Wigging Out

 Recently I wrote a post which detailed a few of my trials and tribulations I experienced with wigs before I was able to grow my own hair to a feminine length. Ironically, one of the first things I noticed was all of the sudden I had to somehow see the back of my head to check out my hair. No more easy out by using a wig head and stand. 

I received plenty of responses by readers who commented on their own wig experiences. Including Monica who currently is up to owning five wigs. I am sure at my height of "wigging out" I owned many more than that, so I understand the attraction. After all, wigs are a natural extension of our makeup and seemingly (at least for me) there was always another wig which would take me to the promised land and I would become the attractive feminine person I always wanted to be. Plus, I feel I was attempting to overcome the days of financial challenges when I couldn't afford much at all when it came to a hairpiece. 

It turns out, I wasn't alone when it came to being a struggling novice transgender woman on the search for the best possible hair. As has happened many times over the span of our lives, Connie and I share quite a similar history:

"At the age of 34, I was married with two young daughters. We’d just bought a house, and I was anxious to fix up the unfinished basement to make an office for my part-time business, as well as shelving for storing all of those seldomly used things, such as holiday decorations. I’d already put a door with a lock on it for my office, and then, late one night, I started organizing things on the shelves. When I got to the Halloween box, I took a peek inside. There it was: that black wig, along with all sorts of makeup. Now, I had worn that wig a few times on Halloween before, but it had been part of a monster-type of costume when I had. On this night, though, it brought back every memory of my feminine-self. I took the whole box, along with an old mirror that was in the basement, into my new office and locked the door behind me. Doing the best I could with what was available, I put the wig on my head and made up my face. Looking at myself in the mirror, I remember whispering, “You can do so much better than this.”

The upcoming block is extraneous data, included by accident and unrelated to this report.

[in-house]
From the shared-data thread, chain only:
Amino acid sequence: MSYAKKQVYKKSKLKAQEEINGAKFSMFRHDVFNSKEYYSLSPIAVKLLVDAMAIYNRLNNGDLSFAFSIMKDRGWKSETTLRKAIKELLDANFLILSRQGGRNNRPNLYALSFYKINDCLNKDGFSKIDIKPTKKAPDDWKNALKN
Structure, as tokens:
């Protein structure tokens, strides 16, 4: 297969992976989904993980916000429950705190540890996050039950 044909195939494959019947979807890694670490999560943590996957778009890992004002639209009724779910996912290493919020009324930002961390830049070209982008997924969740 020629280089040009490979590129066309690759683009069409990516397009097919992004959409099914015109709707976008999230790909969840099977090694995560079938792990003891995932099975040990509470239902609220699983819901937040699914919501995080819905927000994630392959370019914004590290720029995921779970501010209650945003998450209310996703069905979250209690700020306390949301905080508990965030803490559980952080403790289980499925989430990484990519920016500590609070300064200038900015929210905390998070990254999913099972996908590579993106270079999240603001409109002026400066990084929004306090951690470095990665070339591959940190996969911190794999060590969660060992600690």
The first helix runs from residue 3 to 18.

Photo Courtesy Connie Malone

Money was a little tight after just having had bought a house, but it was probably more on my mind to rebuild a feminine wardrobe and accessories as cheaply as possible out of my renewed guilt. My wife had a basket full of makeup that she’d given up on, so I could easily take what I needed from that. I ordered a dress, a pair of heels, and some undergarments from the Sears catalogue, which I could discreetly pick up at the store’s will call. A new wig, though, was more difficult to find without, I thought, outing myself. Somehow, I discovered that K-Mart sold wigs, so I got what I determined to be the best one that was available at the time. It was brown in color, just as my mother’s wigs were, and somewhat contemporary in style (as contemporary and stylish as one might expect to find at K-Mart, anyway). I remember shunning the blonde wig, at the time, as I thought it to be “overdoing it.” I bought that wig, along with a set of wrenches as an attempted cover, and thus began my return to the pursuit of womanhood."

Thanks for the comment! It's amazing to me how the slightest trigger object can lead us back into fond memories of our feminine pasts. Mine was a long blond wig I fell in love with and managed to buy for my then fiancĂ©. She wouldn't wear it but of course I would. That hairpiece managed to stay with me for many years. Even surviving my time in the military and several ill fated "purges" I attempted when I resolved myself to never cross dress again. That really worked out! I haven't cross dressed as a man for nearly a decade. 

I can't make the point enough. I am so lucky to have been able to grow a full head of hair. Now I have to get back to a salon and let a hairdressing professional take care of it. Before it begins to appear as if I have been wigging out.